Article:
MICHaEL jOHNSON Founder, creative and strategy director Since founding johnson banks 24 years ago, Michael has won an impressive haul of awards, including a D&AD Black Pencil. His latest book, Branding in Five and a Half Steps, is out in October.

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HARNESS THE POWER OF WORDS In our first video, Michael Johnson reveals why words matter as much as pictures at johnson banks, and how the studio’s “ferocious” design process can be a baptism of fire for new recruits.

j ohnson b a nk s

october 2016

Left and below: a prime example of the studio’s unsurpassed copywriting skills, johnson banks’ Dear World... Yours,

cambridge campaign scooped best of show at this year’s brand impact awards (see page 54 for more details).

FOUR WayS TO INTEGRaTE DESIGN aND STRaTEGy Katherine Heaton and Michael Johnson on how johnson banks caters to clients’ strategic needs 1 Don’t rely on jargon “We’re in the business of communication, so why use complicated jargon when talking to people who are not familiar with the industry?” reasons Heaton. Johnson adds that not-for-profit clients may not have archetypal stanford mbas. “they’re more straightforward, down to earth,” he says. “if we talk about things like ‘inherent brand positioning perception’ we’re met with blank faces.” 2 blur the lines Fluidity between the stages of the design process is key. it starts with research, through interviews, audits and workshops. Next comes strategy, including positioning and brand narrative. “technically our design stage is third, but we often blur stages two and three,” says Johnson. “it’s an issue for many companies: how to go from where they are verbally, to visually how they’re going to look.”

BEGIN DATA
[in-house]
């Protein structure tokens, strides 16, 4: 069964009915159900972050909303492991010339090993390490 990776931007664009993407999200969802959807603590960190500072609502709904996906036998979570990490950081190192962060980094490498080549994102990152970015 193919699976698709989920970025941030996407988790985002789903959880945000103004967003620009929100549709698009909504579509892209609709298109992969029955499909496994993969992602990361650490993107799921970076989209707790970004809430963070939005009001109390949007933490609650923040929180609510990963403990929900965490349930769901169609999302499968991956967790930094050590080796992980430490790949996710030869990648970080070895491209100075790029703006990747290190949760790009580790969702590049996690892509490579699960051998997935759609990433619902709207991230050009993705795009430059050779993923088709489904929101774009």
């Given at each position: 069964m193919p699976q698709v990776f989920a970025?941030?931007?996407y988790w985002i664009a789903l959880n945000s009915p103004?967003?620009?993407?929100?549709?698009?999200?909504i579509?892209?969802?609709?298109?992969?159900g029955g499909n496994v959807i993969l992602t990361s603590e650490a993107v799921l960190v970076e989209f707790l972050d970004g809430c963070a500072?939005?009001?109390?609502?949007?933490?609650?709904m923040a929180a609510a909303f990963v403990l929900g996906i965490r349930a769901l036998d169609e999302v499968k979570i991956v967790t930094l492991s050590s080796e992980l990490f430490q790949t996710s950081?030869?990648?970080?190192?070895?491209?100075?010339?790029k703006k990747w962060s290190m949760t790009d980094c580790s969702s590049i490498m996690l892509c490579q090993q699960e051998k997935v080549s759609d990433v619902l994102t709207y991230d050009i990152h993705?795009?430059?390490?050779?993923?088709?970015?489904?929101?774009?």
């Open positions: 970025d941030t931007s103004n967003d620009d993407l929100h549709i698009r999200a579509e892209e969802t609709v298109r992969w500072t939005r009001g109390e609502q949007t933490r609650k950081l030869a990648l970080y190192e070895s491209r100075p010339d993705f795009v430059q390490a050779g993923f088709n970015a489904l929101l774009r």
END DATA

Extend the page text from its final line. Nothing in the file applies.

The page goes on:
kaTHERINE HEaTON account director Katherine joined johnson banks four-and-a-half years ago, having worked with the studio from the client-side on a major rebrand. She’s now the primary account management contact.

GREAT DESIGN IS WORTH THE WAIT In our second video, account director Katherine Heaton joins Michael Johnson to discuss how the studio’s immersive creative process works, the role of strategy and how to keep plates spinning.